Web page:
The pressure depletion in producing gas pools in the Upper McMurray sands transmits into the adjacent water sands and may propagate over significant distances, depending on aquifer properties and production characteristics. Any pressure decrease in the already low-pressure, shallow Upper McMurray sands has a negative impact on bitumen production from the underlying Middle McMurray bitumen reservoirs. The sensitivity analysis performed using site-specific and regionally-characteristic values shows that the most important parameters affecting pressure transmission in the Upper McMurray water sands are aquifer diffusivity, which depends on the interplay between permeability and compressibility, and gas production rate. Depending on aquifer and gas production characteristics, the pressure regime in the Upper McMurray water sands may be affected to >10 km away from a producing gas pool, with potentially adverse effects on bitumen production.
Alberta's major oil sands deposits (Figure 1a), with an estimated 1.7 trillion bbls of bitumen in place(1), account for 40% of the world's bitumen resource. Recoverable bitumen reserves in Alberta, estimated at 300 billion bbls(2), overwhelm the remaining established reserves of conventional crude oil by a factor exceeding 150. Future oil production in Alberta will be increasingly dependent on the oil sands and will require the satisfactory resolution of numerous issues specific to oil sands development, among them gas and bitumen production from the McMurray Formation.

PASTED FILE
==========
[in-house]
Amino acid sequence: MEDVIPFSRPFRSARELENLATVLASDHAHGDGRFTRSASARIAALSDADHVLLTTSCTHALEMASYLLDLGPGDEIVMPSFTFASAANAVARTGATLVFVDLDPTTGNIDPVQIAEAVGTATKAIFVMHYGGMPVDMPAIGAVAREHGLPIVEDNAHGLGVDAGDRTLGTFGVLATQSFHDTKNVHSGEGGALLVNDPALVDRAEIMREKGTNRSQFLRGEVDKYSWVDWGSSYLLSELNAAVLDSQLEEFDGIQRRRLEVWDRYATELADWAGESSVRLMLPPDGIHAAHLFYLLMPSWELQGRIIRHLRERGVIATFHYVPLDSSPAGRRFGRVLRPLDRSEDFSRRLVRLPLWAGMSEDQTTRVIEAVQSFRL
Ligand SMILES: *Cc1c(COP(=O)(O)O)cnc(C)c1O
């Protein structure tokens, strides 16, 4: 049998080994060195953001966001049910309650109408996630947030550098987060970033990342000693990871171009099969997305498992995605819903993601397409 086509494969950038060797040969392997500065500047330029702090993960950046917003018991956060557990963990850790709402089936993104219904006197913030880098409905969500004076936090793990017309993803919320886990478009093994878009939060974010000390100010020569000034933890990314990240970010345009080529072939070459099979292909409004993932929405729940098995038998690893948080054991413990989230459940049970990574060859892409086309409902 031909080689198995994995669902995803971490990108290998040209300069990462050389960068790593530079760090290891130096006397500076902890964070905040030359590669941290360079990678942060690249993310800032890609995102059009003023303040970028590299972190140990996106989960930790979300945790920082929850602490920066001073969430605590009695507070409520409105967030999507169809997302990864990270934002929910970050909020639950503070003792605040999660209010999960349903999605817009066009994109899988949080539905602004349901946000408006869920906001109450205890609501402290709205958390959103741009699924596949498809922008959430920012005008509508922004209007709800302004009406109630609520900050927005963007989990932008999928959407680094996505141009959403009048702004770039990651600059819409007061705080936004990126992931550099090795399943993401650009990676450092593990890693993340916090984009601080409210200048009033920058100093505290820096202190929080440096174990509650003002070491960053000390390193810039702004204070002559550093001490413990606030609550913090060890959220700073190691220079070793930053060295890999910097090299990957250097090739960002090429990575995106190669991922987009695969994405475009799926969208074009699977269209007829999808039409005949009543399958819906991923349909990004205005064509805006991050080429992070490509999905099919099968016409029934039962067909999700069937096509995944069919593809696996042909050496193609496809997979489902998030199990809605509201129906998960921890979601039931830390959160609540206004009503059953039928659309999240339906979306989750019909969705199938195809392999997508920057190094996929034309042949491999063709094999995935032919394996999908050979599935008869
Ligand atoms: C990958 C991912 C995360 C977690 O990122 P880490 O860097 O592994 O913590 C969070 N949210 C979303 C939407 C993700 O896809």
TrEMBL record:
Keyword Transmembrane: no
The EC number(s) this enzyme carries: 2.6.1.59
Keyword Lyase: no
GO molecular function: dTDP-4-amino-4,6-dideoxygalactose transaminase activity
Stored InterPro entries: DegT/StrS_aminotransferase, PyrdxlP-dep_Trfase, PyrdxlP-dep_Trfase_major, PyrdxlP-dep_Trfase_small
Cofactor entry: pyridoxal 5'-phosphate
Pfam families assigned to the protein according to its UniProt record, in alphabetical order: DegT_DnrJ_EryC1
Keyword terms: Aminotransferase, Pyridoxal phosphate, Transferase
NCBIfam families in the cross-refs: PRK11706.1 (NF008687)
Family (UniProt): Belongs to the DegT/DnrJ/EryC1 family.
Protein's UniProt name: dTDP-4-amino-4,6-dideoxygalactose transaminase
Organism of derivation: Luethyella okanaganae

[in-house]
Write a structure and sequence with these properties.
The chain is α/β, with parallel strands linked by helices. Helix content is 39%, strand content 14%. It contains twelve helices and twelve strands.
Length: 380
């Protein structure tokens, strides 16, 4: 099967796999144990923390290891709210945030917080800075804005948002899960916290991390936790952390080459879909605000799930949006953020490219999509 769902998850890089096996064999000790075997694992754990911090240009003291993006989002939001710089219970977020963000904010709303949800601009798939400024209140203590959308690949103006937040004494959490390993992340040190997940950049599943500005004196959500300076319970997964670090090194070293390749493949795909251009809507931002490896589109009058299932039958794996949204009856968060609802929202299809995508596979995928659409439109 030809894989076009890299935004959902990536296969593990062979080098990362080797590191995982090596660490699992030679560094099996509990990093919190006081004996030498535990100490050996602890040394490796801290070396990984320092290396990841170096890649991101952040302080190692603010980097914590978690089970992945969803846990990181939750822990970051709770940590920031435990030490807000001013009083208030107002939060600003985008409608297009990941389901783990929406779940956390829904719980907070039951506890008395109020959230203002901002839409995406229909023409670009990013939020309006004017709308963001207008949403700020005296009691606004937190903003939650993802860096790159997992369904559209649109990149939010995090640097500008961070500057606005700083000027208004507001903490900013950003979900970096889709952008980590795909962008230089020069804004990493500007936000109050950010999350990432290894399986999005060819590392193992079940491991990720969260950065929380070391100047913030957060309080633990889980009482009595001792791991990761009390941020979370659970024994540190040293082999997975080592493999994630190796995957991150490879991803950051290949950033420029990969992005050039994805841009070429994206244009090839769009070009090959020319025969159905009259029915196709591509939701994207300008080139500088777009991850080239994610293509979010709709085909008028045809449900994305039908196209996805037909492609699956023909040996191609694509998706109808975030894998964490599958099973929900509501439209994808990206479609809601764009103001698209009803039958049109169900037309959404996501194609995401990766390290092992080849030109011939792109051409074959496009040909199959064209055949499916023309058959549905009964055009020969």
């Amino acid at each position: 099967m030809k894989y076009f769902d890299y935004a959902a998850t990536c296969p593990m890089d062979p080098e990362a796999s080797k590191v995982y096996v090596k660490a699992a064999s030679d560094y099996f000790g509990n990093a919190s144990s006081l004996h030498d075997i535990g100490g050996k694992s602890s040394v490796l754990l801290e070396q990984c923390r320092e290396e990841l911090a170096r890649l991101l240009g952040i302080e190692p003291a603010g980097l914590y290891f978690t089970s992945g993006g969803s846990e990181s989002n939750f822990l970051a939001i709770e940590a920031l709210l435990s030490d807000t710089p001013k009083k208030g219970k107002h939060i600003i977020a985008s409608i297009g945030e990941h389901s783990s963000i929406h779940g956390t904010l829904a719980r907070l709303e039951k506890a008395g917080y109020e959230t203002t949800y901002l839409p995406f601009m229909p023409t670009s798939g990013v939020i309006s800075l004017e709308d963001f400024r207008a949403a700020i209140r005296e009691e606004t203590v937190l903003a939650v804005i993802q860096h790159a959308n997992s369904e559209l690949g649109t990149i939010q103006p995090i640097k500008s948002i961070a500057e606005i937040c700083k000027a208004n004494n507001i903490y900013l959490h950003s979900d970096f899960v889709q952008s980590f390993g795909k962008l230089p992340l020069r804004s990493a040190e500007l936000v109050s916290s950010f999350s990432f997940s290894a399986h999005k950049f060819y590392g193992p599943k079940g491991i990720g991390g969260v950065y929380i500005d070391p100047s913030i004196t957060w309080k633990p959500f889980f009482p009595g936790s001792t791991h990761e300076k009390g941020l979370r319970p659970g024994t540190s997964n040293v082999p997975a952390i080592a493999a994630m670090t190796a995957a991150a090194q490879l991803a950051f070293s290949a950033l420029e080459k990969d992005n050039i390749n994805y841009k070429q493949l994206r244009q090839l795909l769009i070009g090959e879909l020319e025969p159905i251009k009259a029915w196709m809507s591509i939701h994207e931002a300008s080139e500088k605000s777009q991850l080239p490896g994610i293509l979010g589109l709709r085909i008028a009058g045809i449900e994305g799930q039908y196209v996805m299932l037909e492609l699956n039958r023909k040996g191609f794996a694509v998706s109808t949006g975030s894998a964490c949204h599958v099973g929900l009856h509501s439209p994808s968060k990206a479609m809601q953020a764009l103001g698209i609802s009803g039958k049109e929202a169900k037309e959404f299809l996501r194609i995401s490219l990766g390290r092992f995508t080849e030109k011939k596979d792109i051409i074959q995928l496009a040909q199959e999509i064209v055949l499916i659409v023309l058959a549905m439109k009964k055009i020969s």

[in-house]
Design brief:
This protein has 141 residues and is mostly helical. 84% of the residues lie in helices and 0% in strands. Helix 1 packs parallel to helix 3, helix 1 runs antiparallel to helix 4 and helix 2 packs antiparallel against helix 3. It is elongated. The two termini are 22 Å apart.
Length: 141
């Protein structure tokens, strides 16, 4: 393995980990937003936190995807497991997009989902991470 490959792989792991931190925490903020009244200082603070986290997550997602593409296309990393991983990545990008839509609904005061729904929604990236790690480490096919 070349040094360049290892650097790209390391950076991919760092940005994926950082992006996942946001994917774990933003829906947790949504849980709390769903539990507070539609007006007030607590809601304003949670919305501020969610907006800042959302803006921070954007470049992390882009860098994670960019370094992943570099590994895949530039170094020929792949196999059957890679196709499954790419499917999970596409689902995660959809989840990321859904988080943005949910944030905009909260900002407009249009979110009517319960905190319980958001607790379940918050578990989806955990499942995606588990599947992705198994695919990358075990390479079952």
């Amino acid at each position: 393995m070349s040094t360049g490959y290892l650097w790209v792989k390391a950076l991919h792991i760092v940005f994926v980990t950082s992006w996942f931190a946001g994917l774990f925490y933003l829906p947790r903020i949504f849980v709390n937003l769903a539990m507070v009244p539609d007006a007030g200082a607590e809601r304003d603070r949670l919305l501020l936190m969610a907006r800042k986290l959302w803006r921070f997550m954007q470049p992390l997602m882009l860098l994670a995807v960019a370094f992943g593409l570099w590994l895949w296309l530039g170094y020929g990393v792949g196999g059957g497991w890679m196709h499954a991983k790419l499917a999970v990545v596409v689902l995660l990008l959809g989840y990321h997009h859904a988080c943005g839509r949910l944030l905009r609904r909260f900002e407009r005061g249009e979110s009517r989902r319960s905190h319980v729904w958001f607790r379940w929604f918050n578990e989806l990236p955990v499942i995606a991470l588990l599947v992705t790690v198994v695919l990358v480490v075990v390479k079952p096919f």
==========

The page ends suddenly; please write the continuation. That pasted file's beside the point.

South of Fort McMurray, the Athabasca oil sands deposit occurs in the McMurray Formation at depths that are suitable for in-situ bitumen extraction using horizontal wells drilled from the surface and steamassisted gravity drainage (SAGD) (3–6). Steam at high pressure and temperature (≥1500 kPa and ≥200 °C) is injected through a horizontal well into the bitumen reservoir. This leads to a drop in bitumen viscosity from more than 2,500 Pa?s (2,500,000 cp) at natural in-situ conditions to less than 0.01 Pa?s (10 cp). Consequently, the bitumen flows towards a producing well located a few metres below the injector well. Steam thief zones, defined as permeable zones that have high gas or water content and that occur in and/or adjacent to the bitumen reservoir, have a negative impact on SAGD operations because of the possibility of short circuiting the pressure in the steam chamber and because of heat losses(7, 8). The heterogeneity and complexity of McMurray oil sands leads to naturally-occurring steam thief zones in the area.
In addition to oil sands resource development, gas is produced in the area from shallow reservoirs located mostly in the McMurray and Clearwater formations. The gas and bitumen production, and water pumping and injection from overlying and underlying aquifers, have the potential for mutual interference. This situation would be similar to the production interference through the underlying Cooking Lake aquifer that was identified previously between Leduc oil pools in Alberta(9, 10). The pressure interference has the potential to enhance the negative impact of the steam thief zones by further lowering their already low pressure. Thus, the sustainable development of gas and bitumen resources in the Athabasca area depends to a large extent on the pressure depletion, transmission and recovery in the McMurray Formation.